Learning Universal Design

What is Universal Design?

Universal Design is an approach to the design of all products and environments to be as usable as possible by as many people as possible regardless of age, ability or situation.

Other terms for Universal Design used around the world include Design For All, Inclusive Design, and Barrier-Free Design. Terminology and meanings differ from one country to another and often reflect each nation's societal values. Significant cultural differences between countries have influenced how the movement has been adopted and evolved in each location but the common goal of social inclusion transcends national laws, policies, and practices.

Universal design is not a fad or a trend but an enduring design approach that originates from the belief that the broad range of human ability is ordinary, not special. Universal design accommodates people with disabilities, older people, children, and others who are non-average in a way that is not stigmatizing and benefits all users. After all, stereo equipment labels that can be read by someone with low vision are easier for everyone to read; public telephones in noisy locations that have volume controls are easier for everyone to hear; and building entrances without stairs assist equally someone who moves furniture, pushes a baby stroller, or uses a wheelchair. Designing for a broad range of users from the beginning of the process can increase usability of an environment or product without significantly increasing its cost. It results in easier use for everyone and it reduces the need for design modifications later when abilities or circumstances change.

Universal design is assuming growing importance as a new paradigm that represents a holistic and integrated approach to design ranging in scale, for example, from product design to architecture and urban design, and from simple systems such as those that control the ambient environment to complex information technologies. Worldwide, a confluence of factors is driving the demand for more universally usable products, environments, and services. These factors include the competitive and global nature of modern business, the flourishing communications technology industry, the international disability movement, and the rapidly growing aging and disabled populations all over the world.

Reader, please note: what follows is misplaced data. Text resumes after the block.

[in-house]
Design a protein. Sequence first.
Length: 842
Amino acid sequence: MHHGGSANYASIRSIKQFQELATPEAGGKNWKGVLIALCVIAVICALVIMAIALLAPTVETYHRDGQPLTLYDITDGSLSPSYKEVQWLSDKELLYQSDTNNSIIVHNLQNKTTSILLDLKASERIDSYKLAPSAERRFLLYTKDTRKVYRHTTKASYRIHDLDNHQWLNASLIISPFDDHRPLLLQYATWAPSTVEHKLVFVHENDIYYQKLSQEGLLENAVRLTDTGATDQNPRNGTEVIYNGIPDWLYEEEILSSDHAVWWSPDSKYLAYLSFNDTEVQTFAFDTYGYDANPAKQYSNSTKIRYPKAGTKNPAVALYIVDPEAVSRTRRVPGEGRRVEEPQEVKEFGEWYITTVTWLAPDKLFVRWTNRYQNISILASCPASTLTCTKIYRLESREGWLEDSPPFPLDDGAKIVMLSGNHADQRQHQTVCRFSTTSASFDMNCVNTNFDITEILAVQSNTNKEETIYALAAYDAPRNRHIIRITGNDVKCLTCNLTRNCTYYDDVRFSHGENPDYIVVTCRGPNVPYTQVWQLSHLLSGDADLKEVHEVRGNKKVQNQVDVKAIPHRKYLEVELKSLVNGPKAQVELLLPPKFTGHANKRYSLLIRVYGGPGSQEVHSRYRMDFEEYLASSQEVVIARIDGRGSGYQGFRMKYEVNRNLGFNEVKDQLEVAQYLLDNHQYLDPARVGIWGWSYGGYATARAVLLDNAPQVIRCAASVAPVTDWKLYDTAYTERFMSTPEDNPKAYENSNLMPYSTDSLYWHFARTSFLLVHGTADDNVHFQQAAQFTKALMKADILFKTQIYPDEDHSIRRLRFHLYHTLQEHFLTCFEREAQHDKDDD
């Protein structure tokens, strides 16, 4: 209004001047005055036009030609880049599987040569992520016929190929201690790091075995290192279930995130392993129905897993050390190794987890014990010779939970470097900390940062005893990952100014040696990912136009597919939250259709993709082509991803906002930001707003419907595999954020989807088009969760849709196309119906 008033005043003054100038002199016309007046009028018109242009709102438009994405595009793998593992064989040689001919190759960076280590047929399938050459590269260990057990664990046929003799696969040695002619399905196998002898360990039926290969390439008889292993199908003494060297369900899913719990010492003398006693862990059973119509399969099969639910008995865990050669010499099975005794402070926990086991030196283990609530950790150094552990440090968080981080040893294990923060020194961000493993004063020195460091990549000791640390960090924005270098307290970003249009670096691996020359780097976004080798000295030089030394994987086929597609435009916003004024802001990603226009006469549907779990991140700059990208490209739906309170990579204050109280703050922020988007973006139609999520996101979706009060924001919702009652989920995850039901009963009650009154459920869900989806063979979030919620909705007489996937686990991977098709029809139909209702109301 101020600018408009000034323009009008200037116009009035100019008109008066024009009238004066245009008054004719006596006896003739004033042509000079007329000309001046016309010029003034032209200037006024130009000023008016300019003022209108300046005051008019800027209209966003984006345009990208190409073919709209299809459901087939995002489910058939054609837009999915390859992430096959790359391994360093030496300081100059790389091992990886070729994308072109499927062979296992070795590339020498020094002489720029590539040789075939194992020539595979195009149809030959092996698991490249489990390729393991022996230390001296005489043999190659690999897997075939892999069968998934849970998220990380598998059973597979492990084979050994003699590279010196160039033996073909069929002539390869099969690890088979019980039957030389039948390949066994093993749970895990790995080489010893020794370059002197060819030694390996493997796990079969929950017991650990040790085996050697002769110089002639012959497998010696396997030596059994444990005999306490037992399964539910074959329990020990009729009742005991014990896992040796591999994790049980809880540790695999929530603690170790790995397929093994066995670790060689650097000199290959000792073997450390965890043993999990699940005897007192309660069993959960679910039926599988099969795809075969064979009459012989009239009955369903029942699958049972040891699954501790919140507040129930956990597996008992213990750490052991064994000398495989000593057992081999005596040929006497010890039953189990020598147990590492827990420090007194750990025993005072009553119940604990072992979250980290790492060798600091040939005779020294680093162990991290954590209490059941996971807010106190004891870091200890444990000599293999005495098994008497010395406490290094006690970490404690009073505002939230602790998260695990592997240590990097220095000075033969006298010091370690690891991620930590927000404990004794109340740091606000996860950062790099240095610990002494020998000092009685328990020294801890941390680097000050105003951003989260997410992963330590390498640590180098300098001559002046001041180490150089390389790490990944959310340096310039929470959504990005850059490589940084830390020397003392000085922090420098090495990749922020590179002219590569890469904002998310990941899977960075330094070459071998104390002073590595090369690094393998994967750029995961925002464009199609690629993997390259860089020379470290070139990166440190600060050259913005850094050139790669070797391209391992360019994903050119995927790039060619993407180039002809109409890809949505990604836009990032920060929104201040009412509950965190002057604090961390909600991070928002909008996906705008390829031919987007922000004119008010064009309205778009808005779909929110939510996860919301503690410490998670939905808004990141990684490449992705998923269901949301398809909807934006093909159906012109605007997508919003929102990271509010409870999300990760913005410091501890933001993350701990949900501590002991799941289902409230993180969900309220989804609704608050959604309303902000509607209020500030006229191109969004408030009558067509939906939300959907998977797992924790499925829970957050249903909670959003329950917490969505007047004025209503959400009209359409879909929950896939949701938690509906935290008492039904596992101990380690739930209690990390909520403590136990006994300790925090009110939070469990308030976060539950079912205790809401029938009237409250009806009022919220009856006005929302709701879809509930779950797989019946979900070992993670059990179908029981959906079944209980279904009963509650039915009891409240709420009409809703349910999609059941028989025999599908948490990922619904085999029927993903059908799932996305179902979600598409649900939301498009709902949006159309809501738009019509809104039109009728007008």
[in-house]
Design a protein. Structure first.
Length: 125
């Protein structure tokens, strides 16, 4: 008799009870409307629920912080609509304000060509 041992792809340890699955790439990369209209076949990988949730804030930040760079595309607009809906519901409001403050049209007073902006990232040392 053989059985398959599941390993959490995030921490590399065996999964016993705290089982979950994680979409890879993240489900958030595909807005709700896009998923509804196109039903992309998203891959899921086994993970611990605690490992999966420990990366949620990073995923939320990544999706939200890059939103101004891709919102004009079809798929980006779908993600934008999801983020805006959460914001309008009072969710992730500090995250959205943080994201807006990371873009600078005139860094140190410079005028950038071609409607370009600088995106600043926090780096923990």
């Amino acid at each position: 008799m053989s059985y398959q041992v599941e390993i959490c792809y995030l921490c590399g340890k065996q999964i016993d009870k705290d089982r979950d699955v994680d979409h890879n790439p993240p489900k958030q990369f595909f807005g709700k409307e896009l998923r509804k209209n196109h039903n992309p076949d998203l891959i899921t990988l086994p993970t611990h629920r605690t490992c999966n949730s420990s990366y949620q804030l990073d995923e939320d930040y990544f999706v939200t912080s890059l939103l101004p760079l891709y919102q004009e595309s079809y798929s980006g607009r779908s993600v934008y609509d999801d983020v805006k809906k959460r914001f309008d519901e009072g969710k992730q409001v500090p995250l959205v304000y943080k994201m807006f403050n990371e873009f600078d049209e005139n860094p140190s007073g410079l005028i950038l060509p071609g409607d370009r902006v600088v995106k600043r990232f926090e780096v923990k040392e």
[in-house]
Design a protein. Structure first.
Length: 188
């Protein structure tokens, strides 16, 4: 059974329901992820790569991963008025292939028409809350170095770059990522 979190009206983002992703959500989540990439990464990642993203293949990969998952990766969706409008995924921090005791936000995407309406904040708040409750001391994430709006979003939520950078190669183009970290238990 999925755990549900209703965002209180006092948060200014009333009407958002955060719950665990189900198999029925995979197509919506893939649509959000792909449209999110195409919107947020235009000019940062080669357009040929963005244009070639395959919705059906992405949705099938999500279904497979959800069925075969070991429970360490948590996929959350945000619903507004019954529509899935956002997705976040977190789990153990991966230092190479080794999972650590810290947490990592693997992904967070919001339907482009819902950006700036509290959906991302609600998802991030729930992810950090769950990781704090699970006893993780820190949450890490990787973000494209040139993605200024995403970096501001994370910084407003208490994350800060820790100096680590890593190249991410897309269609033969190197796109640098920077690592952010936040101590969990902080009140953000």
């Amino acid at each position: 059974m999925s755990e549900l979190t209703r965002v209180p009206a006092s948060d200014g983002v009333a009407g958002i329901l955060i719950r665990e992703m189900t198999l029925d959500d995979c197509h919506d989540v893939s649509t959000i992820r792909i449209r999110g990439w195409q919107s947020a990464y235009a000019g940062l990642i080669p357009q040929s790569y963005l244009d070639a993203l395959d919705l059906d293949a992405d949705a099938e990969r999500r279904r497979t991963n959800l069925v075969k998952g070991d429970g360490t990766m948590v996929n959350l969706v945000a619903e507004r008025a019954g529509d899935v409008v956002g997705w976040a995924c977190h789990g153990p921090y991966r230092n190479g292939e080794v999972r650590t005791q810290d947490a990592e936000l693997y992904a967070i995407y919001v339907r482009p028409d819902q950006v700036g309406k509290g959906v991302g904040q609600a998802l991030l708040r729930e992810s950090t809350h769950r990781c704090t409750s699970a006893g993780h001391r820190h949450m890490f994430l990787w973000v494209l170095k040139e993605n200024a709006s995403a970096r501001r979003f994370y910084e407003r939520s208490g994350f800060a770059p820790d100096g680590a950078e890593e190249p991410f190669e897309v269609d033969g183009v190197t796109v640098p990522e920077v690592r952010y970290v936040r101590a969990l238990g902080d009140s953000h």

Universal design is not a synonym or a euphemism for accessibility standards. Universal design can be distinguished from meeting accessibility standards in the way that the accessible features have been integrated into the overall design. This integration is important because it results in better design and avoids the stigmatizing quality of accessible features that have been added on late in the design process or after it is complete, as a modification.

Universal design also differs from accessibility requirements in that accessibility requirements are usually prescriptive whereas universal design is performance based. Universal design does not have standards or requirements but addresses usability issues. The Principles of Universal Design, published by the Center for Universal Design in 1997, articulate the breadth of the concept and provide guidelines for designers.

The Principles of Universal Design

The Principles of Universal Design and their guidelines were developed by a working group [1] of architects, product designers, engineers, and environmental design researchers as part of a project coordinated by the Center for Universal Design at North Carolina State University. The seven Principles that describe characteristics that make designs universally usable are:
1. Equitable Use
2. Flexibility in Use
3. Simple and Intuitive Use
4. Perceptible Information
5. Tolerance for Error
6. Low Physical Effort
7. Size and Space for Approach and Use

You can view the seven Principles of Universal Design and their 29 associated guidelines by clicking on the link.
[1] Bettye Rose Connell, Mike Jones, the late Ron Mace, Jim Mueller, Abir Mullick, Elaine Ostroff, Jon Sanford, Ed Steinfeld, Molly Story, Gregg Vanderheiden. The citation for their use is "Center for Universal Design, North Carolina State University, Raleigh, NC, 1997."


Learning about Universal Design

The pages listed below contain brief descriptions and contact information for a variety of opportunities available for studying universal design. The listings range from degree programs to short workshops; some offerings are online and others are in more traditional settings. We invite you to submit descriptions of additional learning opportunities that may be included here (see "How to Submit Materials").

  • Degree Programs Containing Universal Design Coming Soon

  • Certificate Programs in Universal Design

  • Distance Education in Universal Design

  • Mini-courses or Institutes on Universal Design

  • Continuing Education Courses in Universal Design



This is a link to a wide range of resources that support teaching and learning about universal design. Some materials are located on this web site and some link to other sites on the Internet.